There are no formal admission requirements, however, this course is related to the courses Leren en Cognitie, Het Lerende Brein, Het lerende kind, Ontwikkelen van Krachtige Leeromgevingen, and Leren en Leraar. If you did not take these courses it might be helpful to examine their reading materials.
In this course we will focus on learning and instruction in the context of schools. Understanding how learning and instruction occur – and how they may fail – allows one to identify the conditions that promote the attainment of learning goals. In addition, it may lead to improved instructional design and interventions when learning is suboptimal.
In this course, students will read theoretical and empirical studies on the psychological processes that take place during learning, and on various teaching and instructional methods. Students will learn more about topics such as instructional processes and tools (e.g. educational games, assessment as a tool to promote learning), individual differences in learning needs, learning in specific areas such as reading and mathematics, collaborative learning, and motivation for learning. Special attention will be given to the implications for educational practice and child development.
The aim of this course is to help students gain a thorough understanding of the psychological processes that take place during learning, and apply/translate this knowledge to educational practice and instruction.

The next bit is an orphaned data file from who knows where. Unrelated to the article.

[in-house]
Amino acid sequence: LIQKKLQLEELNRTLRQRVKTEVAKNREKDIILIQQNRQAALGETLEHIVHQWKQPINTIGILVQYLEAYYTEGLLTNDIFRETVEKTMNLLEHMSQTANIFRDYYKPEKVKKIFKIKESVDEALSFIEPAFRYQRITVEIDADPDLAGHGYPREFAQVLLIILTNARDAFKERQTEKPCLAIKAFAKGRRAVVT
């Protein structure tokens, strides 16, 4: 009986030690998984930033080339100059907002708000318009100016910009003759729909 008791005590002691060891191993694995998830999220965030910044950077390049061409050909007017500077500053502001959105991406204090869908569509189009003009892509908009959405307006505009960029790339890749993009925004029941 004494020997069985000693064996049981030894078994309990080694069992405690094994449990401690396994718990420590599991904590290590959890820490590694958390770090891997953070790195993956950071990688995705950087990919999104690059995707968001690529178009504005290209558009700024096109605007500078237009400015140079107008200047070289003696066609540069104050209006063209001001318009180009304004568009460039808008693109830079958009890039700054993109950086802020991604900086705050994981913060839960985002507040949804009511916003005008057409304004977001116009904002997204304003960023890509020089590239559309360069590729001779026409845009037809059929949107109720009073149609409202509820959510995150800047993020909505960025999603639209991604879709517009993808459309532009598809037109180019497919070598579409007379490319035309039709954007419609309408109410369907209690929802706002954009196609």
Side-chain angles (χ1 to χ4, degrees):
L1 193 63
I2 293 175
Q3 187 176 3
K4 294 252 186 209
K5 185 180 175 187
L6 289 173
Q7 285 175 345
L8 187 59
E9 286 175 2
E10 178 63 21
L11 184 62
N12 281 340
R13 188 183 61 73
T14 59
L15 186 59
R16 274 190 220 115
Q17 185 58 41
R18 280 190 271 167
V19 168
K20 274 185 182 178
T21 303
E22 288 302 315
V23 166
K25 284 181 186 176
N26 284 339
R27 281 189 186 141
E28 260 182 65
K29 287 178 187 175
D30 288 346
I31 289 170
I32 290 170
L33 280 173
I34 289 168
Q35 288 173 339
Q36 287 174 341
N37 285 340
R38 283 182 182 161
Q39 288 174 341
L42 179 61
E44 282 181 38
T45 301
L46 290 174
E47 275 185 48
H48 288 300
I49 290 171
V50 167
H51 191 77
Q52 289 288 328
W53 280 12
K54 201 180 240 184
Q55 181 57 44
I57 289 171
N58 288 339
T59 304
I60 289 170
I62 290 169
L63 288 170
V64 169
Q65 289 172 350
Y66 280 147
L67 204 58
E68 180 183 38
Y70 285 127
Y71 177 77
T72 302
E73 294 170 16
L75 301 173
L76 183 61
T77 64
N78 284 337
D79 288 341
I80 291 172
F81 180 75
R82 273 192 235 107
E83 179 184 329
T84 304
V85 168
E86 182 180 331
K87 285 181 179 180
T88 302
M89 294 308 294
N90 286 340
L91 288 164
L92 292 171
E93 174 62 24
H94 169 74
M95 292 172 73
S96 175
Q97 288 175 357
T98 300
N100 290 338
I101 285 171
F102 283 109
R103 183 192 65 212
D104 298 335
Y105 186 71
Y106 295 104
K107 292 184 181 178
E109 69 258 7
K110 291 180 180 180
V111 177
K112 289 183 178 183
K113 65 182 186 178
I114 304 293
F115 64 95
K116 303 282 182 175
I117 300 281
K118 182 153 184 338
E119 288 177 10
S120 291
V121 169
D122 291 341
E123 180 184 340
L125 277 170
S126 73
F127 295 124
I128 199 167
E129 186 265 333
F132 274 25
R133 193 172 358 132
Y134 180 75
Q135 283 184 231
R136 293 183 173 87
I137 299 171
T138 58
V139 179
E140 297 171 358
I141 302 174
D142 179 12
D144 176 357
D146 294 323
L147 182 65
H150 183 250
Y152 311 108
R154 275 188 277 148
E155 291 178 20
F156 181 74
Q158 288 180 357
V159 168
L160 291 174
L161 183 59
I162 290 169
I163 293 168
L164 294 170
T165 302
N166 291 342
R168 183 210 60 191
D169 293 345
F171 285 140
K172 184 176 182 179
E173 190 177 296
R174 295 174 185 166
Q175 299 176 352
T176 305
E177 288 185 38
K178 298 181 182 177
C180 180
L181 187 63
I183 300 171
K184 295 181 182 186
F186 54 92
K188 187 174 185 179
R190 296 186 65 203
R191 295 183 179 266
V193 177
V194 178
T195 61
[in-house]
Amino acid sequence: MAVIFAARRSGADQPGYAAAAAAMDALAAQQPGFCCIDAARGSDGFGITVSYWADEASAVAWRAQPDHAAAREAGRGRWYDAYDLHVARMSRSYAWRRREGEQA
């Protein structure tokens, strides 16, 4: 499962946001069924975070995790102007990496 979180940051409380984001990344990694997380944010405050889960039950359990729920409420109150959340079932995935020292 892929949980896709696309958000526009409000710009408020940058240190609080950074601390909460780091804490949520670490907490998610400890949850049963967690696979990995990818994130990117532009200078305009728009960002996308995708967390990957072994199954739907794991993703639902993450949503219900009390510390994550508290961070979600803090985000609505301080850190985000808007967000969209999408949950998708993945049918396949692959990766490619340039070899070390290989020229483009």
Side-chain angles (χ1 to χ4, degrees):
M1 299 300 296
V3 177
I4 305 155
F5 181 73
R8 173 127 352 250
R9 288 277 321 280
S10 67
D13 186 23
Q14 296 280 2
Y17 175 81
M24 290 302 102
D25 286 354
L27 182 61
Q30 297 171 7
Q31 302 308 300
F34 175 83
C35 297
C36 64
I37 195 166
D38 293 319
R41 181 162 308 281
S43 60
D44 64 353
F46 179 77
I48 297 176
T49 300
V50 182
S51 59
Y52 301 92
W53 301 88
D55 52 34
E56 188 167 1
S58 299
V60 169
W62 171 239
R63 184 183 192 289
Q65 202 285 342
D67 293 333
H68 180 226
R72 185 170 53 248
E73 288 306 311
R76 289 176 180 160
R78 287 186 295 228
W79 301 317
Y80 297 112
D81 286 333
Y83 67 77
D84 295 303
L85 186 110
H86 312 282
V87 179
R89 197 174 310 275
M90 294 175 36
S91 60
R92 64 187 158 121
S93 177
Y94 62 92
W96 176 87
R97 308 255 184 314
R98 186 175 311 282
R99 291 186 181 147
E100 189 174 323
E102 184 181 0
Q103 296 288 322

At completion of the course, students will be able to:
(1) demonstrate in-depth understanding of recent insights in learning, assessment, and instruction,
(2) do so with respect to general learning situations as well as specific areas (e.g., reading, mathematics), and
(3) discuss and evaluate the implications of knowledge of these processes for educators, teachers, trainers, and policy makers.
The achievement levels of the Master’s programme Education and Child Studies are all applicable to this course.
Mode of instruction
To ensure that students will attain a thorough knowledge, instruction will take a variety of forms, including lectures and group discussion as well as cooperative learning activities and group assignments. Students’ knowledge of the literature will be tested weekly by open-ended questions, and group assignments.In addition, students will conclude the course by individually writing a paper.
The final grade will be based on the quality of the individual paper (40%), weekly essay question grades (40%), and group assignments (20%).
The course manual, announcements, and links to the articles will be available on Blackboard.
Study material will consist of recent book chapters and/or primary research articles from leading journals in education and psychology.
Links to all articles will be digitally available on Blackboard before the beginning of the course.
Please note that separate uSis registration is mandatory for lectures, seminars, exams and re-exams. Student who do not register, cannot attend courses or take exams.
Registration for the lectures of the course is possible as of 100 calendar days through 10 calendar days before the first lecture at the latest;
Registration for the seminars of the course is possible as of 100 calendar days through 10 calendar days before the first seminar at the latest.
Student must register for each exam through uSis. This is only possible until 10 calendar days before the exam. More information on exam registration
For questions about this course email Marian Hickendorff